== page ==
Mind matters: The ‘placebo effect’ shows that the way we think often affects the way our bodies react


What’s mind? Doesn’t matter. What’s matter? Never mind.

That old exchange sums up the supposed duality, the separation, between what we call the mental and the physical, between the mind and the matter that makes up the tangible world, which includes our bodies.

This separation of mind and matter, the mental and the physical, has often been called into question, as it is once again as a side effect of the coronavirus pandemic and the global search for a vaccine against the pathogen.

Trials, some in advanced stages, are being conducted on a number of vaccines in several countries, and many of them use what is known as the placebo double-blind test to determine the efficacy of the medication.

The placebo test has long been a standard procedure to determine the efficacy of any drug or vaccine. Participants in the trials with a medical condition are split into two groups, one of which is administered the medication while the other group is given a harmless substitute, a placebo.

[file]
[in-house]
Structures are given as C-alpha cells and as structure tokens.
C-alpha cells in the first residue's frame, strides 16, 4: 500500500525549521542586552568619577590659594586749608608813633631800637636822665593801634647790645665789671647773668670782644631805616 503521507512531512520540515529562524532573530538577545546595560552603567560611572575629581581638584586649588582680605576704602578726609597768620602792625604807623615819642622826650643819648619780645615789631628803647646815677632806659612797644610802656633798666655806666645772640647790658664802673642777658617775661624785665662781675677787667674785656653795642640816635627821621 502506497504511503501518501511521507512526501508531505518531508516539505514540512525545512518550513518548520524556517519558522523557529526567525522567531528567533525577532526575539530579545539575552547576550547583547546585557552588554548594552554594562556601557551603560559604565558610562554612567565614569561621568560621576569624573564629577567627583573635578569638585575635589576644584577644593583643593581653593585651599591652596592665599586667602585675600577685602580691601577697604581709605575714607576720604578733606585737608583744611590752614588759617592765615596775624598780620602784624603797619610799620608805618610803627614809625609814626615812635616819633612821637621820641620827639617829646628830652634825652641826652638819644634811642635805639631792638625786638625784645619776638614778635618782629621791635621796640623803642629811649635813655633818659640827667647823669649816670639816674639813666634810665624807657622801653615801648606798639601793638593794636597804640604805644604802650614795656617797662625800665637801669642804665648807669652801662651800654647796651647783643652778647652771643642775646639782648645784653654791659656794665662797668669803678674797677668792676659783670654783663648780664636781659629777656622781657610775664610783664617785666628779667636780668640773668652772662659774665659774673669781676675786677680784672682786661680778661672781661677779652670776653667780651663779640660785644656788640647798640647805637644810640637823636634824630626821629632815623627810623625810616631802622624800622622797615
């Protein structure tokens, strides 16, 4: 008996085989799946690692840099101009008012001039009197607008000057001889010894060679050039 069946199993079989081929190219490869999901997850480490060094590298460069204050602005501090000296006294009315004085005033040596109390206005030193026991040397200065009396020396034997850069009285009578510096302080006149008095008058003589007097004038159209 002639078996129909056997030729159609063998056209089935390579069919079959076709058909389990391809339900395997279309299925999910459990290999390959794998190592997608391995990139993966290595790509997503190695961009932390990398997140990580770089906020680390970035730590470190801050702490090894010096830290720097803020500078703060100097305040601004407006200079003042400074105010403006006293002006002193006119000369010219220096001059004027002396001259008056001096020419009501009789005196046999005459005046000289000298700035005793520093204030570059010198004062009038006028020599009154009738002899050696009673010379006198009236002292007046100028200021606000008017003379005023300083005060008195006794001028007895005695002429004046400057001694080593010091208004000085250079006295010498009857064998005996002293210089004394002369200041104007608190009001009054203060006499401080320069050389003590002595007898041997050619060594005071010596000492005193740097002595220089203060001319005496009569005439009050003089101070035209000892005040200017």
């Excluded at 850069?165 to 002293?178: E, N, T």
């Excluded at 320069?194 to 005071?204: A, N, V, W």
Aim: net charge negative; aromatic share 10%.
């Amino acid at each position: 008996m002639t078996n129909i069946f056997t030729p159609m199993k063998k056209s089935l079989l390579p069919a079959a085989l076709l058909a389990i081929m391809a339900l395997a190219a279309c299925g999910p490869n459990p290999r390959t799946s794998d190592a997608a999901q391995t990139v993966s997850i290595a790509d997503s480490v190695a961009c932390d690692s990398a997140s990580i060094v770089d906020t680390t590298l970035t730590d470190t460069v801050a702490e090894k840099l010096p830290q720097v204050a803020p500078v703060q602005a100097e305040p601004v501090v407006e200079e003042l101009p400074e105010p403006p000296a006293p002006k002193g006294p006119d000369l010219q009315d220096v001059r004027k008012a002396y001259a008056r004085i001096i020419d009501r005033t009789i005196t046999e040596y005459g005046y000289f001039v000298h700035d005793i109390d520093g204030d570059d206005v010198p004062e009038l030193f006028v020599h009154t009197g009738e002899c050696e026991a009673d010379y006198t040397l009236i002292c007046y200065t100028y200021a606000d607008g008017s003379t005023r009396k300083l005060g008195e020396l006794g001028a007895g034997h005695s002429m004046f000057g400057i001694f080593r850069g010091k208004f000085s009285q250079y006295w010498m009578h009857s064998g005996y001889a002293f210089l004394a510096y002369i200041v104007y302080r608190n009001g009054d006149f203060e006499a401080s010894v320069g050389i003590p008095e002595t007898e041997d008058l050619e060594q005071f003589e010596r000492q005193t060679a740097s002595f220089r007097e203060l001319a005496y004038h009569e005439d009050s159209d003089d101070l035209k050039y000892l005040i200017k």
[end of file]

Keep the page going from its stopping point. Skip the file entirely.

Neither group of participants, nor those administering the treatment, are told which is the real medication and which is the placebo.

The surprising finding of such trials has been that the medical condition of the group being given the placebo often shows measurable improvement, suggesting that a psychological factor can affect the physical, that the mind and the body are linked in ways we do not fully understand.

Age-old practices like meditation have shown that through the focussing of consciousness, the channelling of mental energy, we cause metabolic and physical changes, such as slowing the heart beat and lowering blood pressure.

So called ‘faith healing’ where ‘miracle’ cures of seemingly incurable disease and disability through the power of prayer and belief have long been dismissed by mainstream science as mumbo-jumbo. But now, thanks to the placebo effect which is widely being used as an investigative tool in the desperate hunt for an antidote to the coronavirus, science might begin to take such therapies more seriously.

Or, to put it more succinctly, mind matters, and matter minds.

DISCLAIMER : This article is intended to bring a smile to your face. Any connection to events and characters in real life is coincidental.

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